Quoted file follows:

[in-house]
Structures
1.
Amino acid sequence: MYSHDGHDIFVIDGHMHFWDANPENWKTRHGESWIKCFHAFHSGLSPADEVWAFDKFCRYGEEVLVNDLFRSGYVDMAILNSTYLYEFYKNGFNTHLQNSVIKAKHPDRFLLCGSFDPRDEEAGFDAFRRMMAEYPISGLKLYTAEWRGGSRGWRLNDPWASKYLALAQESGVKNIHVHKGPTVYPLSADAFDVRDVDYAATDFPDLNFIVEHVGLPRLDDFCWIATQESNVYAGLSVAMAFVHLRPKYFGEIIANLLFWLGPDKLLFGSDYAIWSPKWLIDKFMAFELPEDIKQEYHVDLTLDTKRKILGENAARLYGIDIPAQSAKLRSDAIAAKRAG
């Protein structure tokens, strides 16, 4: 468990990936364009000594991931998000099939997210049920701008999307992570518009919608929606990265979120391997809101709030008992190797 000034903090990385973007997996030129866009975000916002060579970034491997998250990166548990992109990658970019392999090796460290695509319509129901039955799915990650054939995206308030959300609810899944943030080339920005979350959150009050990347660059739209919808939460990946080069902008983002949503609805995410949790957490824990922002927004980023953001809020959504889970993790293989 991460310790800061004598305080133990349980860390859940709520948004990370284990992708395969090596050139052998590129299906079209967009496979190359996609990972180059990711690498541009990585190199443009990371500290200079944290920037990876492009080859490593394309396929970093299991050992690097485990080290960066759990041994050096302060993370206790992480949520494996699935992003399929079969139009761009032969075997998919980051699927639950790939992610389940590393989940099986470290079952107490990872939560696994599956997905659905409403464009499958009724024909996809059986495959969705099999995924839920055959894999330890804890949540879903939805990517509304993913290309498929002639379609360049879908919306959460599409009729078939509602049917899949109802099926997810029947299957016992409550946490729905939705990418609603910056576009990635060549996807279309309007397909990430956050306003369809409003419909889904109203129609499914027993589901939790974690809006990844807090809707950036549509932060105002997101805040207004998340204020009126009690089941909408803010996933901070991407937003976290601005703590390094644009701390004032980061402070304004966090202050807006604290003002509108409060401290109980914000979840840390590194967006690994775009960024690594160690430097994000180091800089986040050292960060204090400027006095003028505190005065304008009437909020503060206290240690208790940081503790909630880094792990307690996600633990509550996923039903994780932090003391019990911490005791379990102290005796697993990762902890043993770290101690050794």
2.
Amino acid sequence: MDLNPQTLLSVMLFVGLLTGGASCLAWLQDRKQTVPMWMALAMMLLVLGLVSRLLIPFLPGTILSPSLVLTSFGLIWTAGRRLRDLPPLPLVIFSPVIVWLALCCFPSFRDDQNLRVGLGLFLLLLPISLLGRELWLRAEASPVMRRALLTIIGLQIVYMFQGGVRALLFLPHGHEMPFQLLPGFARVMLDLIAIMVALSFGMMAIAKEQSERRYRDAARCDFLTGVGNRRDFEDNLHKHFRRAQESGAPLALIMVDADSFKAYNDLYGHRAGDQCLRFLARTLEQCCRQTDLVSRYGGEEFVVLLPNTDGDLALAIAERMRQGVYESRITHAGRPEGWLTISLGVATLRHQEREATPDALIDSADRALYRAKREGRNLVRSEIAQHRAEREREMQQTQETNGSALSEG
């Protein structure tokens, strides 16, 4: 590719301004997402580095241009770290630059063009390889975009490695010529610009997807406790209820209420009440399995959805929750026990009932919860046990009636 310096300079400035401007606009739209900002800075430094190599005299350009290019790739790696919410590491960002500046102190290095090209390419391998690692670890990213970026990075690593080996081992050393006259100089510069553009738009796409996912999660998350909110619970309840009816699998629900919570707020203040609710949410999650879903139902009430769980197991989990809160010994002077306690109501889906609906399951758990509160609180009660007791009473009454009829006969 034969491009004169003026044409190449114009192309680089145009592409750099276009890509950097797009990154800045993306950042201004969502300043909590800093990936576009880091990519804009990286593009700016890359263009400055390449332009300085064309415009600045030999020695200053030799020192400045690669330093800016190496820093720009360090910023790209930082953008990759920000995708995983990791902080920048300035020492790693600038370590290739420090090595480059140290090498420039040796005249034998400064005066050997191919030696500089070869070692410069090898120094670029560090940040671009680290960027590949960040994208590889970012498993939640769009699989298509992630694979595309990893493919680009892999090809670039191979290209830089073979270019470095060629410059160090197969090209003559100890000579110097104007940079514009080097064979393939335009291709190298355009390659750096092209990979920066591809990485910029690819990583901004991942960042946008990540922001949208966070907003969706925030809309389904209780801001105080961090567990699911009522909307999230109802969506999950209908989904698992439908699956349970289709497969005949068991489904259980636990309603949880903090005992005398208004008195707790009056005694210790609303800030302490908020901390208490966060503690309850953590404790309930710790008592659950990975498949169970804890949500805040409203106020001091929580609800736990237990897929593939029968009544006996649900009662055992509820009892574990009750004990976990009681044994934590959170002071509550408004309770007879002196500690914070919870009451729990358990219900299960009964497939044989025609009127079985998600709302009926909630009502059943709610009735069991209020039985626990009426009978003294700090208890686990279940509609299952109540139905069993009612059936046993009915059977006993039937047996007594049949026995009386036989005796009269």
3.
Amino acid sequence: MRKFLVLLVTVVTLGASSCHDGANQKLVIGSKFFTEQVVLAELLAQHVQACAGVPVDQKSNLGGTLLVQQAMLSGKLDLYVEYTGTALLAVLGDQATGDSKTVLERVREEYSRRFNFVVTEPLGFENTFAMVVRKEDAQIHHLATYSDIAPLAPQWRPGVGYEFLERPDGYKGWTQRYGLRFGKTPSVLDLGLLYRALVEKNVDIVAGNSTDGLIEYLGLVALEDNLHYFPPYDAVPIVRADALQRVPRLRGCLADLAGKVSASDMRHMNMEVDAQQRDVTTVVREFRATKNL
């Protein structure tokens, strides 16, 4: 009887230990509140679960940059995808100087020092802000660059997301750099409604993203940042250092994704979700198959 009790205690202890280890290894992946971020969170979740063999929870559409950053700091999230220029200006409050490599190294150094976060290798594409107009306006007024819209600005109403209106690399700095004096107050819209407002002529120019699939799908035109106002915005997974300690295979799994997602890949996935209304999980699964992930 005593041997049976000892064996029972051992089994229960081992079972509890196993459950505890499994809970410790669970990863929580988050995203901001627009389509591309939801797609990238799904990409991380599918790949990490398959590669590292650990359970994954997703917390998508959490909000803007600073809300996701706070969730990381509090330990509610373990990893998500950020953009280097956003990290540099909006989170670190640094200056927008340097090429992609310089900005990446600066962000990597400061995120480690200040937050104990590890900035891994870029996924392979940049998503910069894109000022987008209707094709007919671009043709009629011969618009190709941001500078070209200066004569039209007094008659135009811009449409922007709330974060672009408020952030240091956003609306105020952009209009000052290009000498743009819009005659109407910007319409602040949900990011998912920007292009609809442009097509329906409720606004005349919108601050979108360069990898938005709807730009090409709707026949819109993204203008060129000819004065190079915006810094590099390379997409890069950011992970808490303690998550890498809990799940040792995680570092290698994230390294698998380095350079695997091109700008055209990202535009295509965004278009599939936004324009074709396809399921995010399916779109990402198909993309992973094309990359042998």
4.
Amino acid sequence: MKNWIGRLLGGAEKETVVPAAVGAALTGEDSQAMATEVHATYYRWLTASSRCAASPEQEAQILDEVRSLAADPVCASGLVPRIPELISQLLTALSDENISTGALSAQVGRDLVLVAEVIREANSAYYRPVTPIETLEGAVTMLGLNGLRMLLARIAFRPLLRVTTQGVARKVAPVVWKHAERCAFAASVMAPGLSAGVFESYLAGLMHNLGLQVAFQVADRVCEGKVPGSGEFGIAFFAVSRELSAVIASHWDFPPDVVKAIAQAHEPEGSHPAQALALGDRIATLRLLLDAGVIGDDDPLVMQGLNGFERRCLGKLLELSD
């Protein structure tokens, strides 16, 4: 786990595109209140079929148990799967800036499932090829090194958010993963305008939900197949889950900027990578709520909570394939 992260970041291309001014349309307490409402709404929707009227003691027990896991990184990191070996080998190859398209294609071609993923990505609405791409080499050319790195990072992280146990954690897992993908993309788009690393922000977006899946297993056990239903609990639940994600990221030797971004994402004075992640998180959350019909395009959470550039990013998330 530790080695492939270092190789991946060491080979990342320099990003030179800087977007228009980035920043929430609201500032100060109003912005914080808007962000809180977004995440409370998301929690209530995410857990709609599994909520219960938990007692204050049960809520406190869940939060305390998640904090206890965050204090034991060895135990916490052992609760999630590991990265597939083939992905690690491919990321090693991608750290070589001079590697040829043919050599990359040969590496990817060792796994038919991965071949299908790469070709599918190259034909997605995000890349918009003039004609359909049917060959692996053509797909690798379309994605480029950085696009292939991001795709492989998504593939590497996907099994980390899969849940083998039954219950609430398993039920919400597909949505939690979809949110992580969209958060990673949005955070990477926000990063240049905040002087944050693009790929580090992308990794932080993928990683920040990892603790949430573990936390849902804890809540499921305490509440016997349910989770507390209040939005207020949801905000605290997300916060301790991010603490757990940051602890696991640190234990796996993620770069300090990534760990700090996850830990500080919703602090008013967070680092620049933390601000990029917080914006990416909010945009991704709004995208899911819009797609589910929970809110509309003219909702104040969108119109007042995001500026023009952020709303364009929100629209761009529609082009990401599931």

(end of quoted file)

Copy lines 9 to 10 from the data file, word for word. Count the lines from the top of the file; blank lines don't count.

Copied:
3.
Amino acid sequence: MRKFLVLLVTVVTLGASSCHDGANQKLVIGSKFFTEQVVLAELLAQHVQACAGVPVDQKSNLGGTLLVQQAMLSGKLDLYVEYTGTALLAVLGDQATGDSKTVLERVREEYSRRFNFVVTEPLGFENTFAMVVRKEDAQIHHLATYSDIAPLAPQWRPGVGYEFLERPDGYKGWTQRYGLRFGKTPSVLDLGLLYRALVEKNVDIVAGNSTDGLIEYLGLVALEDNLHYFPPYDAVPIVRADALQRVPRLRGCLADLAGKVSASDMRHMNMEVDAQQRDVTTVVREFRATKNL